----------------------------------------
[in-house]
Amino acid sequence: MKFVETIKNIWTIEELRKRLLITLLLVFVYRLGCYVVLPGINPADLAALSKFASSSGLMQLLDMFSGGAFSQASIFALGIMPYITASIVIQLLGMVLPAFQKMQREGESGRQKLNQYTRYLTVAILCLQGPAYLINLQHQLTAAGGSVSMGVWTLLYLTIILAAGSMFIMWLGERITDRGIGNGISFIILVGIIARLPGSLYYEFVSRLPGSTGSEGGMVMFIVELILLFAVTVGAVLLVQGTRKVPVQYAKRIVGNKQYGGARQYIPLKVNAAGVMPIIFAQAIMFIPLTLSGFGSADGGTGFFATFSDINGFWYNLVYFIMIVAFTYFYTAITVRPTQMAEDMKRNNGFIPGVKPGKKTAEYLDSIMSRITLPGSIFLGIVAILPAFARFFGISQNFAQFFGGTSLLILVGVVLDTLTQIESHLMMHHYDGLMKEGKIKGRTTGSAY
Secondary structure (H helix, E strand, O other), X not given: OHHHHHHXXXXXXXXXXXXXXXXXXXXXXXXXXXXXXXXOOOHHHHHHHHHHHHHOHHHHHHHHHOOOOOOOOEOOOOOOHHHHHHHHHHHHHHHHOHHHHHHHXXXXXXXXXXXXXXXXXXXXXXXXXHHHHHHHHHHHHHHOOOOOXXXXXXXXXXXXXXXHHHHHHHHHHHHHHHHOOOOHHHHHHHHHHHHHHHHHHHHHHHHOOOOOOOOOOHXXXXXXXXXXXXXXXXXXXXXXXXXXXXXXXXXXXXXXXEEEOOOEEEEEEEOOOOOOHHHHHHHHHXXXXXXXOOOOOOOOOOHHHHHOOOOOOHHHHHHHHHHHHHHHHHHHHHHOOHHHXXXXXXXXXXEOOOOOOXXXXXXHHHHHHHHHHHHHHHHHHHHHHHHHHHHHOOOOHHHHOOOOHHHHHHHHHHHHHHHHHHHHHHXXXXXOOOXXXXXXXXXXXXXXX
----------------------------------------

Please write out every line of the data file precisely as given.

[in-house]
Amino acid sequence: MKFVETIKNIWTIEELRKRLLITLLLVFVYRLGCYVVLPGINPADLAALSKFASSSGLMQLLDMFSGGAFSQASIFALGIMPYITASIVIQLLGMVLPAFQKMQREGESGRQKLNQYTRYLTVAILCLQGPAYLINLQHQLTAAGGSVSMGVWTLLYLTIILAAGSMFIMWLGERITDRGIGNGISFIILVGIIARLPGSLYYEFVSRLPGSTGSEGGMVMFIVELILLFAVTVGAVLLVQGTRKVPVQYAKRIVGNKQYGGARQYIPLKVNAAGVMPIIFAQAIMFIPLTLSGFGSADGGTGFFATFSDINGFWYNLVYFIMIVAFTYFYTAITVRPTQMAEDMKRNNGFIPGVKPGKKTAEYLDSIMSRITLPGSIFLGIVAILPAFARFFGISQNFAQFFGGTSLLILVGVVLDTLTQIESHLMMHHYDGLMKEGKIKGRTTGSAY
Secondary structure (H helix, E strand, O other), X not given: OHHHHHHXXXXXXXXXXXXXXXXXXXXXXXXXXXXXXXXOOOHHHHHHHHHHHHHOHHHHHHHHHOOOOOOOOEOOOOOOHHHHHHHHHHHHHHHHOHHHHHHHXXXXXXXXXXXXXXXXXXXXXXXXXHHHHHHHHHHHHHHOOOOOXXXXXXXXXXXXXXXHHHHHHHHHHHHHHHHOOOOHHHHHHHHHHHHHHHHHHHHHHHHOOOOOOOOOOHXXXXXXXXXXXXXXXXXXXXXXXXXXXXXXXXXXXXXXXEEEOOOEEEEEEEOOOOOOHHHHHHHHHXXXXXXXOOOOOOOOOOHHHHHOOOOOOHHHHHHHHHHHHHHHHHHHHHHOOHHHXXXXXXXXXXEOOOOOOXXXXXXHHHHHHHHHHHHHHHHHHHHHHHHHHHHHOOOOHHHHOOOOHHHHHHHHHHHHHHHHHHHHHHXXXXXOOOXXXXXXXXXXXXXXX